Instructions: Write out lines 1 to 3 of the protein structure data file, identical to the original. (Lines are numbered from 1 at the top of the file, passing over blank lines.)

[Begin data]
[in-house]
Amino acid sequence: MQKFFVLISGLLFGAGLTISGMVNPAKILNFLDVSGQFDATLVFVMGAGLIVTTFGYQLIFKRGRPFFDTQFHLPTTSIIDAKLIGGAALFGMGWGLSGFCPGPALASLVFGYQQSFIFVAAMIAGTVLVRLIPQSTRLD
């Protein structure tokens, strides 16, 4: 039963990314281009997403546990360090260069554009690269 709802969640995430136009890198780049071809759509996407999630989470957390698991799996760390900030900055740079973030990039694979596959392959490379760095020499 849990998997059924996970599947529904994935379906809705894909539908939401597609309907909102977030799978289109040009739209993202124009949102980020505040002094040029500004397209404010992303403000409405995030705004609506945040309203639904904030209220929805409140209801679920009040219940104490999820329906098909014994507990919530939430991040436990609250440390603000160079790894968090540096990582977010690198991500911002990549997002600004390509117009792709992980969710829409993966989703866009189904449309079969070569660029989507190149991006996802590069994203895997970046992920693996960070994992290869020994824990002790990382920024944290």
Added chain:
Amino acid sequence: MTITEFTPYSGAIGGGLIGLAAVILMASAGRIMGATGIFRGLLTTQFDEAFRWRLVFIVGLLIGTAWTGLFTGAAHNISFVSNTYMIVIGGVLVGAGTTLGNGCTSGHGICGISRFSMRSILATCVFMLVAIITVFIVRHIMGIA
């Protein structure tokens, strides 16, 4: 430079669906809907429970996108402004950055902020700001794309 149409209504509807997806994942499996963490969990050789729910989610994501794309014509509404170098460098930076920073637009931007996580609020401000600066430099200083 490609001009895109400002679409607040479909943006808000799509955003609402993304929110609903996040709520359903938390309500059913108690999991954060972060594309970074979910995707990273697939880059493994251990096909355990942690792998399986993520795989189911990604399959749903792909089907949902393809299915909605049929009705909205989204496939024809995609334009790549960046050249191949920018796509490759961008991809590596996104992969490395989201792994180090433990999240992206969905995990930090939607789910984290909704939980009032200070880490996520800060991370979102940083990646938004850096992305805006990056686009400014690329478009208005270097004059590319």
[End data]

[in-house]
Amino acid sequence: MQKFFVLISGLLFGAGLTISGMVNPAKILNFLDVSGQFDATLVFVMGAGLIVTTFGYQLIFKRGRPFFDTQFHLPTTSIIDAKLIGGAALFGMGWGLSGFCPGPALASLVFGYQQSFIFVAAMIAGTVLVRLIPQSTRLD
């Protein structure tokens, strides 16, 4: 039963990314281009997403546990360090260069554009690269 709802969640995430136009890198780049071809759509996407999630989470957390698991799996760390900030900055740079973030990039694979596959392959490379760095020499 849990998997059924996970599947529904994935379906809705894909539908939401597609309907909102977030799978289109040009739209993202124009949102980020505040002094040029500004397209404010992303403000409405995030705004609506945040309203639904904030209220929805409140209801679920009040219940104490999820329906098909014994507990919530939430991040436990609250440390603000160079790894968090540096990582977010690198991500911002990549997002600004390509117009792709992980969710829409993966989703866009189904449309079969070569660029989507190149991006996802590069994203895997970046992920693996960070994992290869020994824990002790990382920024944290």